helpSystemOn = YES;
    [helpLayer toggleHelp];

Any appropriate measures should be taken so that the game is essentially paused when the information system is on. We did this by disabling the action menu and canceling any in-progress moves.

So that is all the code that is needed inside the game play class, now we need to move to the HelpLayer class.

HelpLayer Class

//  HelpLayer.h
//  Created by Greg Holsclaw on 12/12/11.
//  Skejo Studios,

#import "cocos2d.h"
#import "GamePlayLayer.h"
#import "Constants.h"

@class GamePlayLayer;

@interface HelpLayer : CCLayer {
    CCLayer *infoLayer;
    GamePlayLayer *gameLayer;

@property (nonatomic, strong) CCLayer *infoLayer;

- (void) toggleHelp;
- (BOOL) processTouch: (CGPoint)touchLocation;
- (void) setGamePlayLayer: (GamePlayLayer*) gamePlay;

//  HelpLayer.m
//  Created by Greg Holsclaw on 12/12/11.
//  Skejo Studios,

#import "HelpLayer.h"

@implementation HelpLayer
@synthesize infoLayer;

- (id) init
    self = [super init];
    if (self != nil)
        infoLayer = [CCLayer node];
        CCSprite *helpBG = [CCSprite spriteWithFile:@"overlay-70.png"]; //A 1x1 pixel semi-transparent black overlay.
        [helpBG setScaleX:1024]; //Scale transparent background to appropriate size.
        [helpBG setScaleY:768];  //Scale transparent background to appropriate size.
        [self addChild:helpBG];
        [self setVisible:NO];    //Initially made invisible, only shown when info system turned on.
        CGSize screenSize = [CCDirector sharedDirector].winSize;
        self.position = ccp(screenSize.width/2, screenSize.height/2);
        [self addChild:infoLayer];
    return self;

-(void) setGamePlayLayer: (GamePlayLayer*) gamePlay {
    gameLayer = gamePlay;

- (void) toggleHelp {
    if (self.visible == YES) {
        //Remove Help system

        [infoLayer removeAllChildrenWithCleanup:YES];
        self.visible = NO;
    } else {
        //Add Help system

        self.visible = YES;        
        CCLabelTTF *helpLabel = [CCLabelTTF labelWithString:@"Info Mode On" fontName:kBaseFont fontSize:24];

        [helpLabel runAction:[CCSequence actions:[CCDelayTime actionWithDuration:2.2], [CCFadeOut actionWithDuration:1], nil]];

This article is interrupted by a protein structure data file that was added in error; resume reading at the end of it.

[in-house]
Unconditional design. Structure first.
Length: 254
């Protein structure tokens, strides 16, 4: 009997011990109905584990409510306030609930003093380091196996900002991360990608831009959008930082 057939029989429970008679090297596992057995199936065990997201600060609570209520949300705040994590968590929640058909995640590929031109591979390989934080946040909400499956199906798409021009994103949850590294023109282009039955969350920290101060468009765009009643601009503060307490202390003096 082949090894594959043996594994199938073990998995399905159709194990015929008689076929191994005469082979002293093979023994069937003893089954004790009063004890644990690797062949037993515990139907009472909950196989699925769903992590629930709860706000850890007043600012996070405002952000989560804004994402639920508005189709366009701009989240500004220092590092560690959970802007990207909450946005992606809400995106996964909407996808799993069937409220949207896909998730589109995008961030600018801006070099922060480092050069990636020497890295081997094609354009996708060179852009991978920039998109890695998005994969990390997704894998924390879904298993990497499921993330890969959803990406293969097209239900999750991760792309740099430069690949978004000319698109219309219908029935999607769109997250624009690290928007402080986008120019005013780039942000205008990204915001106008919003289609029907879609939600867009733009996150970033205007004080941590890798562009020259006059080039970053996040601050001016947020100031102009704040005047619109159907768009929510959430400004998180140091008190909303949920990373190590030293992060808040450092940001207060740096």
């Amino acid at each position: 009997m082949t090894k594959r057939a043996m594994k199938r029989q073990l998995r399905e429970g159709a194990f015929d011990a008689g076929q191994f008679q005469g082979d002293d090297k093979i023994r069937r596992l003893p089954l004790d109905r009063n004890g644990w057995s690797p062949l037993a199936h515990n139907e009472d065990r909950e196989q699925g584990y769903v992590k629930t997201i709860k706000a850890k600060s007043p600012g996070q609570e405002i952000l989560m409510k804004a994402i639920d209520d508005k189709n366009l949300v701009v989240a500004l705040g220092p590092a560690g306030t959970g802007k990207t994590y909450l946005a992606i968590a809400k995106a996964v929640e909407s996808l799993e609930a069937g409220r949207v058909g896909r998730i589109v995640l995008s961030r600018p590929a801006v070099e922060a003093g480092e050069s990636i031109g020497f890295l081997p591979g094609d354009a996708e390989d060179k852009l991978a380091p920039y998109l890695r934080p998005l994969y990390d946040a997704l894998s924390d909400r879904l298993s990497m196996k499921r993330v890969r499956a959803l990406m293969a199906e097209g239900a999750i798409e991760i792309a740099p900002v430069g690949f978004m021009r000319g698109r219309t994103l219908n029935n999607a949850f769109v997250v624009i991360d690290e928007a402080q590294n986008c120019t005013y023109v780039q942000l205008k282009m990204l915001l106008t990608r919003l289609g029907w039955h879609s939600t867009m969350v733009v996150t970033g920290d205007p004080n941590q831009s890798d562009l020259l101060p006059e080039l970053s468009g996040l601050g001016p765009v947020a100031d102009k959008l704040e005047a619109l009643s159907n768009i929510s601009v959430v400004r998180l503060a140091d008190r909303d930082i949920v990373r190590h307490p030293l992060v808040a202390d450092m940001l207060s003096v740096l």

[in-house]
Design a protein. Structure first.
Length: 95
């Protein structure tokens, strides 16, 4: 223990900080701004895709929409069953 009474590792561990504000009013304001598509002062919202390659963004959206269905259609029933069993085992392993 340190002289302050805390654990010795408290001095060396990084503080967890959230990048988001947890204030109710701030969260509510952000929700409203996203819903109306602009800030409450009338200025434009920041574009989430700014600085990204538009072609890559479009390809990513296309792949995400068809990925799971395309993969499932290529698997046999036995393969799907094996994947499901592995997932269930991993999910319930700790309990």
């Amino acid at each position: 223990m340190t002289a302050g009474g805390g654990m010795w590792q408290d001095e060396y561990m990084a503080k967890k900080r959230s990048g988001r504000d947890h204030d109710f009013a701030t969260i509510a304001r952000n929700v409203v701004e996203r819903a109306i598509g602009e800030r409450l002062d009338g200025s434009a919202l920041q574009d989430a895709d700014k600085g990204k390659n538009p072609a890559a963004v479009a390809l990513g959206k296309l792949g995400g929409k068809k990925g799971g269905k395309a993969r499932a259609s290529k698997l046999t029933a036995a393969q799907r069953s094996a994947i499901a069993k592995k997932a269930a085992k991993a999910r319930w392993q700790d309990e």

[self addChild:helpLabel];

-(void) dealloc {
    gameLayer = nil;


When the toggleHelp method is called by the main game layer it makes visible the transparent overlay, and adds a disappearing message. Now we just need to implement the processTouch methods that was used when receiving touches.

Before diving into the code, I need to mention that a couple of design considerations went into this code. There are always at least two consideration in coding, ease of coding and maintainability. Usually the super easily coded solution isn't the best long term solution. We followed an easy to code method, which I admit *might* become a time sink later. But if the UI doesn't change much, then later will never come. We try not to let the perfect kill the good here.

If your game consists of items that are moving, and those items need to present information when pressed, then the code gets a bit more complicated, and the proposed solution won't work at all. See the 'Where to Go From Here section'.

For now, we simply wanted to add information for the control buttons, which are statically placed. Thus all we have to layout a set of coordinate boxes, and trigger the correct message if the touch is inside the boxes.

- (BOOL) processTouch: (CGPoint)touchLocation {
    BOOL processed = NO;
    BOOL found = NO;
    NSString *imageStr;
    NSString *text;
    CGRect boundBox;
    boundBox = CGRectMake(10, 230, 50, 50);  //Location of Move Button